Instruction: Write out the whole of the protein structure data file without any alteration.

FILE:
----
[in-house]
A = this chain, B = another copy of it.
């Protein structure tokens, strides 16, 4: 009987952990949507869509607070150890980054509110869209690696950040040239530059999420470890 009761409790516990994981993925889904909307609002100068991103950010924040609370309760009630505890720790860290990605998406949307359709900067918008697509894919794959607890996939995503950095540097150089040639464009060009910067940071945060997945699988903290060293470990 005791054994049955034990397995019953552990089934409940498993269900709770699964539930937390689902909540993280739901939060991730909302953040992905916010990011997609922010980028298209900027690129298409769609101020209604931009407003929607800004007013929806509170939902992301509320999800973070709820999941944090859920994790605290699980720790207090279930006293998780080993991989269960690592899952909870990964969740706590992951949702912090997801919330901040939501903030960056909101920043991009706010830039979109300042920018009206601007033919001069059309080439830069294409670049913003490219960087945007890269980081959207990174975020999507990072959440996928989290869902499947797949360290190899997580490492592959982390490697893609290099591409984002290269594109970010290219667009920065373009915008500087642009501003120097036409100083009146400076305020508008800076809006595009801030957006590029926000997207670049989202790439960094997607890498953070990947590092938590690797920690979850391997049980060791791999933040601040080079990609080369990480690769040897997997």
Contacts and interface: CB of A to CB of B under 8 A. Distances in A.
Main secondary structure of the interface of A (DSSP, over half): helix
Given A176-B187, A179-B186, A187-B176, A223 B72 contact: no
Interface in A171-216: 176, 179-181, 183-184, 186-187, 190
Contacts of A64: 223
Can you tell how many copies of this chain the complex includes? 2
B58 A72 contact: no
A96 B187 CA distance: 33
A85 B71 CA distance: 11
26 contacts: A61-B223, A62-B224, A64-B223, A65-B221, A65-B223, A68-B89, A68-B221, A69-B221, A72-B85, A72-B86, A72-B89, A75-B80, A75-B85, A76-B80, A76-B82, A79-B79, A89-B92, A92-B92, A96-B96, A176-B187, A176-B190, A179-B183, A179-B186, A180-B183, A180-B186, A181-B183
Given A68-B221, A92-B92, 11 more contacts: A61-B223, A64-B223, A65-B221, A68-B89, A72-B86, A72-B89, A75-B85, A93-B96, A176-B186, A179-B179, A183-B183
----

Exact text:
[in-house]
A = this chain, B = another copy of it.
């Protein structure tokens, strides 16, 4: 009987952990949507869509607070150890980054509110869209690696950040040239530059999420470890 009761409790516990994981993925889904909307609002100068991103950010924040609370309760009630505890720790860290990605998406949307359709900067918008697509894919794959607890996939995503950095540097150089040639464009060009910067940071945060997945699988903290060293470990 005791054994049955034990397995019953552990089934409940498993269900709770699964539930937390689902909540993280739901939060991730909302953040992905916010990011997609922010980028298209900027690129298409769609101020209604931009407003929607800004007013929806509170939902992301509320999800973070709820999941944090859920994790605290699980720790207090279930006293998780080993991989269960690592899952909870990964969740706590992951949702912090997801919330901040939501903030960056909101920043991009706010830039979109300042920018009206601007033919001069059309080439830069294409670049913003490219960087945007890269980081959207990174975020999507990072959440996928989290869902499947797949360290190899997580490492592959982390490697893609290099591409984002290269594109970010290219667009920065373009915008500087642009501003120097036409100083009146400076305020508008800076809006595009801030957006590029926000997207670049989202790439960094997607890498953070990947590092938590690797920690979850391997049980060791791999933040601040080079990609080369990480690769040897997997």
Contacts and interface: CB of A to CB of B under 8 A. Distances in A.
Main secondary structure of the interface of A (DSSP, over half): helix
Given A176-B187, A179-B186, A187-B176, A223 B72 contact: no
Interface in A171-216: 176, 179-181, 183-184, 186-187, 190
Contacts of A64: 223
Can you tell how many copies of this chain the complex includes? 2
B58 A72 contact: no
A96 B187 CA distance: 33
A85 B71 CA distance: 11
26 contacts: A61-B223, A62-B224, A64-B223, A65-B221, A65-B223, A68-B89, A68-B221, A69-B221, A72-B85, A72-B86, A72-B89, A75-B80, A75-B85, A76-B80, A76-B82, A79-B79, A89-B92, A92-B92, A96-B96, A176-B187, A176-B190, A179-B183, A179-B186, A180-B183, A180-B186, A181-B183
Given A68-B221, A92-B92, 11 more contacts: A61-B223, A64-B223, A65-B221, A68-B89, A72-B86, A72-B89, A75-B85, A93-B96, A176-B186, A179-B179, A183-B183